Poway Students Discuss Women’s History Month

Find Out What This Month Means To Titans


Unlike other months highlighting marginalized groups like the LGBTQ and Black community, Women’s History Month often finds itself overshadowed and forgotten. But, with the recent need to uncover all versions of history, this month has become a greater topic of discussion. The month celebrates women for their contributions to society and the culture. 

One of the biggest contributions women have given society is feminism. The movement all about women’s emancipation has deeply affected every single woman in the future and in the past. 

The wonderful thing about feminism is that it frees women from these identity constraints. All the work of past women to liberate future women has resulted in the ability to choose how girls define themselves. 

All the girls would consider themselves a feminist. All the past efforts have greatly impacted their lives; in the workforce, STEM, and even more. “All the hard work women have done over the past years to earn this equality and most importantly respect, is really starting to show now,” Madrid said.

For Burgos, the movement has strived to bring equality amongst women and men. Its influence. “Has helped influence more women to join stem majors,” Burgos said. For others, it’s about the connection women feel with other women. The ability to support other women as well as fight alongside them in the continuing fight for equality is the best thing feminism has given the world. 

While connecting with other women through shared or personal experiences, senior Emily Faye Jose deems the feminist movement as the start of her being proud of herself. “[Feminism movement] ultimately has helped me gain more respect for my own body and identity,” Faye Jose said.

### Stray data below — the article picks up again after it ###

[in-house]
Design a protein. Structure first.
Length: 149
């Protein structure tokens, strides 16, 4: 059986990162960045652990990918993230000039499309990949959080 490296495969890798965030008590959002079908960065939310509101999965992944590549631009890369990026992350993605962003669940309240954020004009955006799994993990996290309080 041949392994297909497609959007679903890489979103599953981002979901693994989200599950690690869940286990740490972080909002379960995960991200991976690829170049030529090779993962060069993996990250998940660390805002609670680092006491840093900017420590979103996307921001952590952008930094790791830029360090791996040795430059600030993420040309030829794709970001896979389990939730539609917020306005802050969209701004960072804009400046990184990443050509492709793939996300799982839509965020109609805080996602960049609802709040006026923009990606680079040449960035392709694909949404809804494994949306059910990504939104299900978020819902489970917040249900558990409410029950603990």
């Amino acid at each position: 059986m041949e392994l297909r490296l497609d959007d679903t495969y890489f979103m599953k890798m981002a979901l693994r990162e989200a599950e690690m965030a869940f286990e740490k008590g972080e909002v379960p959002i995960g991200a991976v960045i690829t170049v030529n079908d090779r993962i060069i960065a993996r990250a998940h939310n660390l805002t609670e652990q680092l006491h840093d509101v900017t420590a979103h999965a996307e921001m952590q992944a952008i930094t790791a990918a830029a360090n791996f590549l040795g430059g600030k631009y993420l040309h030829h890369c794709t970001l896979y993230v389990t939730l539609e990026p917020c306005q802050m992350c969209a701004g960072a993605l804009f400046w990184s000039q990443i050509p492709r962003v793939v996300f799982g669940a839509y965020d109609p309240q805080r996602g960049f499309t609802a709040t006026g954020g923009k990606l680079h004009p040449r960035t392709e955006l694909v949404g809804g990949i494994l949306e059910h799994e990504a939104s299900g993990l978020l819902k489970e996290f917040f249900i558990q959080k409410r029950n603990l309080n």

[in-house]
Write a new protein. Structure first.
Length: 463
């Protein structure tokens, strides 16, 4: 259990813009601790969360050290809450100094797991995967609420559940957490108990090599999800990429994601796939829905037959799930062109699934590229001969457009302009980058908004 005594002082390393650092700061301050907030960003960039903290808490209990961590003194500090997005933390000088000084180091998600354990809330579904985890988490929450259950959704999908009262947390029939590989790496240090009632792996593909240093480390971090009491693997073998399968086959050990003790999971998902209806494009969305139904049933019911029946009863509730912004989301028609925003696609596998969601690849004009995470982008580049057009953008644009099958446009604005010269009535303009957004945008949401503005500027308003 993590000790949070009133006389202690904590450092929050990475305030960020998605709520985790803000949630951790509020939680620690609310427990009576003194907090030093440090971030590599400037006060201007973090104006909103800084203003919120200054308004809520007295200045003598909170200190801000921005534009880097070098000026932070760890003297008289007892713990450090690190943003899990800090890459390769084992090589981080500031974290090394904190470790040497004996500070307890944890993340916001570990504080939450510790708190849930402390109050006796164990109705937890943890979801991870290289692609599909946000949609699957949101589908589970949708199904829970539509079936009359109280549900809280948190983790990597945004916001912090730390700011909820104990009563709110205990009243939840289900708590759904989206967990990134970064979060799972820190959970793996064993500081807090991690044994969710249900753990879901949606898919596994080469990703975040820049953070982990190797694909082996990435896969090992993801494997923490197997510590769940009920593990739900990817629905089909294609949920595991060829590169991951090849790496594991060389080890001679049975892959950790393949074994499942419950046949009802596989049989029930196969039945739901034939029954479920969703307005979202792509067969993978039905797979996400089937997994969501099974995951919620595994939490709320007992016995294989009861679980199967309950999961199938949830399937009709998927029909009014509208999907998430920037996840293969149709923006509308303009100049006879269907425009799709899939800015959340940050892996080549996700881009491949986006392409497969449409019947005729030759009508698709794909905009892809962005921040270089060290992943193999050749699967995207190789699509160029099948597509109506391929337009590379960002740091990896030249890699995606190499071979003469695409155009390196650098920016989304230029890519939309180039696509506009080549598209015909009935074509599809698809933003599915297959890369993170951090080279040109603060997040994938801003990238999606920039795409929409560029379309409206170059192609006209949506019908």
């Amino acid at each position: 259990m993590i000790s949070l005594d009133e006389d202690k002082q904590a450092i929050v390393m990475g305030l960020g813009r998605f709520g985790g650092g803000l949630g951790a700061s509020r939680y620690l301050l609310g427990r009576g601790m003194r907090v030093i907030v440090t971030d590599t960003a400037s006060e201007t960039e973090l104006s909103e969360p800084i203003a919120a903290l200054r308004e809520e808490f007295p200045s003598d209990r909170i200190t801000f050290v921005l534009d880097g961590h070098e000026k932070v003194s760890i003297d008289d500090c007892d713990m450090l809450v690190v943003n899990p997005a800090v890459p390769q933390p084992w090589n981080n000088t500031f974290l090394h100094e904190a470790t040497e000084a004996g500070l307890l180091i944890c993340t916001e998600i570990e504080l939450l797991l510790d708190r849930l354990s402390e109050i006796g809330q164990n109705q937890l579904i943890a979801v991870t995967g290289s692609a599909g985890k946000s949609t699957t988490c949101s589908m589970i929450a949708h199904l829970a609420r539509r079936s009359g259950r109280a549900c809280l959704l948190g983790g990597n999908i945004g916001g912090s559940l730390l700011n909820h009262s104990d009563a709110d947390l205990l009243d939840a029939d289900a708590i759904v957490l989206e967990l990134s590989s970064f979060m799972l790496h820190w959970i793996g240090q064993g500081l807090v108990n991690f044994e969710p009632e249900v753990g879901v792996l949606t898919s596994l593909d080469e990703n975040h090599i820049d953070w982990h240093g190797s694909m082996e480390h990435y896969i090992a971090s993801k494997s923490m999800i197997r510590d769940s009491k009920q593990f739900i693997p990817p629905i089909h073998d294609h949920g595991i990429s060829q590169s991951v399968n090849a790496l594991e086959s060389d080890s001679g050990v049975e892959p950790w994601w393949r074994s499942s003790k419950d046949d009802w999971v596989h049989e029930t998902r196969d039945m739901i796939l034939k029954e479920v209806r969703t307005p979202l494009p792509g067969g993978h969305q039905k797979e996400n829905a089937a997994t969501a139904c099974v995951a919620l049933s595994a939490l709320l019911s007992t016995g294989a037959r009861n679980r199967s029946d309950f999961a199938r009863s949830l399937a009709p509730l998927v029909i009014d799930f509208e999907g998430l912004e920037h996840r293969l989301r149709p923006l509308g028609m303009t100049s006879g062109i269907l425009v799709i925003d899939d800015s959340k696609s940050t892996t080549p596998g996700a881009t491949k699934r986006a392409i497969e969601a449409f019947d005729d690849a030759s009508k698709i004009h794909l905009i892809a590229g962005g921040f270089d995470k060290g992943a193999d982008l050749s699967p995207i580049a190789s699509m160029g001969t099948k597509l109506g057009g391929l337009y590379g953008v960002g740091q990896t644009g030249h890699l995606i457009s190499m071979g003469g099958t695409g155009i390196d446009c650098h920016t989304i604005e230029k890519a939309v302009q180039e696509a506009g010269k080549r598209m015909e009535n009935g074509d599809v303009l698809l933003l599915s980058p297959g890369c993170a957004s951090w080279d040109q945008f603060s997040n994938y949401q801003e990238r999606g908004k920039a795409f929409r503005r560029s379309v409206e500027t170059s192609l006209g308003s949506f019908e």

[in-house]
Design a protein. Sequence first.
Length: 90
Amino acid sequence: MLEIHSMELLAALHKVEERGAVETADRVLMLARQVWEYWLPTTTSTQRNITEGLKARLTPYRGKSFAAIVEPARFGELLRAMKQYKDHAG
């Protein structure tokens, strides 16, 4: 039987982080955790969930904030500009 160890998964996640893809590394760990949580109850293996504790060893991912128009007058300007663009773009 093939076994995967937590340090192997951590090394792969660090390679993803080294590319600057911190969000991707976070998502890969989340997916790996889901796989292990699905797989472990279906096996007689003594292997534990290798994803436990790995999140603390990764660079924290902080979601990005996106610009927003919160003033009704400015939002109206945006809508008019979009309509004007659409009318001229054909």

One of the many benefits the feminist movement has given girls of the 21st century is the right to vote. “This allows girls to express their opinions vocally and participate in politics,” Sanchez Rojas said. 

Others consider themselves as womanists; which is a social theory based on and supported by women of color, specifically black women. Womanism is the smaller, specialized version of feminism that tries to highlight the distinct problems WOC has to experience on the regular basis.

“I am more of a womanist than I am a feminist, a lot of inequality affects women of color and I do feel that their voices are often overshadowed in the media,” Sanchez Rojas said. 

Although womanism v.s. feminism may seem like more division, both seek to protest against any wrongdoings in their communities. At the end of the day, “anything that goes against the fundamentals of human rights is an issue to be addressed,” as Gonzalez said. Any human rights issue is a womanist and feminist issue. 

This month is also for remembering the strong women that have helped create a society and the world. These women have done incredible things in their fields and for all womankind. Burgos wants to highlight Marie Curie. Curie a pioneer in research in radioactivity highlighted. 

“Michelle Obama has always been and forever will be my role model,” Faye Jose said, adding the former first lady to the list of women. Another name on that list would be Nzambi Matee, added by Gonzalez. “She is a Kenyan woman who has been able to create bricks out of plastic that is stronger than concrete,” Gonzales said. 

 Finally, going local, Sanchez Rojas wants AP Spanish teacher Ms. Tovar highlighted this month because “she is a hardworking teacher who is passionate about her students,” Sanches Rojas said. 

In the end, this month means a lot to these students. “This month means to me that all women, especially those of color to be highlighted and recognized for going through all obstacles women have to go through every day,” Madrid said. 

On behalf of the Iliad Staff, Happy Women’s Month!